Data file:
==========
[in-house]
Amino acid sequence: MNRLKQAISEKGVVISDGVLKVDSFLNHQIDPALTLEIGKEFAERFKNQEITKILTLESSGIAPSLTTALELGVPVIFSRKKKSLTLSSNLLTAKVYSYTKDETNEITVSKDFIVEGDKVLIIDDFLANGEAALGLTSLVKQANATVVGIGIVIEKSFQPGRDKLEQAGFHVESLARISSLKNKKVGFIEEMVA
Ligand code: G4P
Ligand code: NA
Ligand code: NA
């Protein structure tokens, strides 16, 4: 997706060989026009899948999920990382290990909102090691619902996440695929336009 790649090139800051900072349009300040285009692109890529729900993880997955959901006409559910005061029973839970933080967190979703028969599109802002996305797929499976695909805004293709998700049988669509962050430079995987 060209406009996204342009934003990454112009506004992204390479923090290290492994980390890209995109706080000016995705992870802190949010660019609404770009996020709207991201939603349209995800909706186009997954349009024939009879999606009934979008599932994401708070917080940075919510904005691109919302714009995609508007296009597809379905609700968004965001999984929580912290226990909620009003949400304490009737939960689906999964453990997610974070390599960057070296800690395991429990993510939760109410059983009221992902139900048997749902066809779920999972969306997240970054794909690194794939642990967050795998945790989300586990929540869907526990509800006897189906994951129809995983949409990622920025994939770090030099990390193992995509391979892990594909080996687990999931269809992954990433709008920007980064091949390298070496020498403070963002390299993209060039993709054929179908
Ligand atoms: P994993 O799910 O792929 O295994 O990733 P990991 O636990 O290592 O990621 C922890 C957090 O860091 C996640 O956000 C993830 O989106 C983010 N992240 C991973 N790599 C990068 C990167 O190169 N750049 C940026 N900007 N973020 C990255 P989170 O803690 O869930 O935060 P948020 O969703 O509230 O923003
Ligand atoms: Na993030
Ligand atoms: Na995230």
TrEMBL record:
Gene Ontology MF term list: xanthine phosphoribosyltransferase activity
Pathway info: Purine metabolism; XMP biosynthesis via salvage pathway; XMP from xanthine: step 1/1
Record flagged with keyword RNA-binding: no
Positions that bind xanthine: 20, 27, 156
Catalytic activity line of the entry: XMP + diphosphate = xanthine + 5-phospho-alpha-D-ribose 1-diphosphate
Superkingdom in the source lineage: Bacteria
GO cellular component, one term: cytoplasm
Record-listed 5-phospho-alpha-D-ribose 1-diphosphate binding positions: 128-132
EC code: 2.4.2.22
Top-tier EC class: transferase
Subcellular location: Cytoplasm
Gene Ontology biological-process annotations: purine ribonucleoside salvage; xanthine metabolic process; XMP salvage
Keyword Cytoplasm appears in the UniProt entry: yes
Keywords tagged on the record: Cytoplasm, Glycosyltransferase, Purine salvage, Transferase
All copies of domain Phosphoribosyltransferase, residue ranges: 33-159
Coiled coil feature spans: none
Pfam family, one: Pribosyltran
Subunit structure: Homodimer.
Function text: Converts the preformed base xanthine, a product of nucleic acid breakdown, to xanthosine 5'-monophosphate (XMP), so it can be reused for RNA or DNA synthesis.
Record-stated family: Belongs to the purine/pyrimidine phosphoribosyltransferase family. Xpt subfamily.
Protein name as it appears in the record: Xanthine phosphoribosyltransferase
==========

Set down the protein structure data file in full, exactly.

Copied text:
[in-house]
Amino acid sequence: MNRLKQAISEKGVVISDGVLKVDSFLNHQIDPALTLEIGKEFAERFKNQEITKILTLESSGIAPSLTTALELGVPVIFSRKKKSLTLSSNLLTAKVYSYTKDETNEITVSKDFIVEGDKVLIIDDFLANGEAALGLTSLVKQANATVVGIGIVIEKSFQPGRDKLEQAGFHVESLARISSLKNKKVGFIEEMVA
Ligand code: G4P
Ligand code: NA
Ligand code: NA
């Protein structure tokens, strides 16, 4: 997706060989026009899948999920990382290990909102090691619902996440695929336009 790649090139800051900072349009300040285009692109890529729900993880997955959901006409559910005061029973839970933080967190979703028969599109802002996305797929499976695909805004293709998700049988669509962050430079995987 060209406009996204342009934003990454112009506004992204390479923090290290492994980390890209995109706080000016995705992870802190949010660019609404770009996020709207991201939603349209995800909706186009997954349009024939009879999606009934979008599932994401708070917080940075919510904005691109919302714009995609508007296009597809379905609700968004965001999984929580912290226990909620009003949400304490009737939960689906999964453990997610974070390599960057070296800690395991429990993510939760109410059983009221992902139900048997749902066809779920999972969306997240970054794909690194794939642990967050795998945790989300586990929540869907526990509800006897189906994951129809995983949409990622920025994939770090030099990390193992995509391979892990594909080996687990999931269809992954990433709008920007980064091949390298070496020498403070963002390299993209060039993709054929179908
Ligand atoms: P994993 O799910 O792929 O295994 O990733 P990991 O636990 O290592 O990621 C922890 C957090 O860091 C996640 O956000 C993830 O989106 C983010 N992240 C991973 N790599 C990068 C990167 O190169 N750049 C940026 N900007 N973020 C990255 P989170 O803690 O869930 O935060 P948020 O969703 O509230 O923003
Ligand atoms: Na993030
Ligand atoms: Na995230």
TrEMBL record:
Gene Ontology MF term list: xanthine phosphoribosyltransferase activity
Pathway info: Purine metabolism; XMP biosynthesis via salvage pathway; XMP from xanthine: step 1/1
Record flagged with keyword RNA-binding: no
Positions that bind xanthine: 20, 27, 156
Catalytic activity line of the entry: XMP + diphosphate = xanthine + 5-phospho-alpha-D-ribose 1-diphosphate
Superkingdom in the source lineage: Bacteria
GO cellular component, one term: cytoplasm
Record-listed 5-phospho-alpha-D-ribose 1-diphosphate binding positions: 128-132
EC code: 2.4.2.22
Top-tier EC class: transferase
Subcellular location: Cytoplasm
Gene Ontology biological-process annotations: purine ribonucleoside salvage; xanthine metabolic process; XMP salvage
Keyword Cytoplasm appears in the UniProt entry: yes
Keywords tagged on the record: Cytoplasm, Glycosyltransferase, Purine salvage, Transferase
All copies of domain Phosphoribosyltransferase, residue ranges: 33-159
Coiled coil feature spans: none
Pfam family, one: Pribosyltran
Subunit structure: Homodimer.
Function text: Converts the preformed base xanthine, a product of nucleic acid breakdown, to xanthosine 5'-monophosphate (XMP), so it can be reused for RNA or DNA synthesis.
Record-stated family: Belongs to the purine/pyrimidine phosphoribosyltransferase family. Xpt subfamily.
Protein name as it appears in the record: Xanthine phosphoribosyltransferase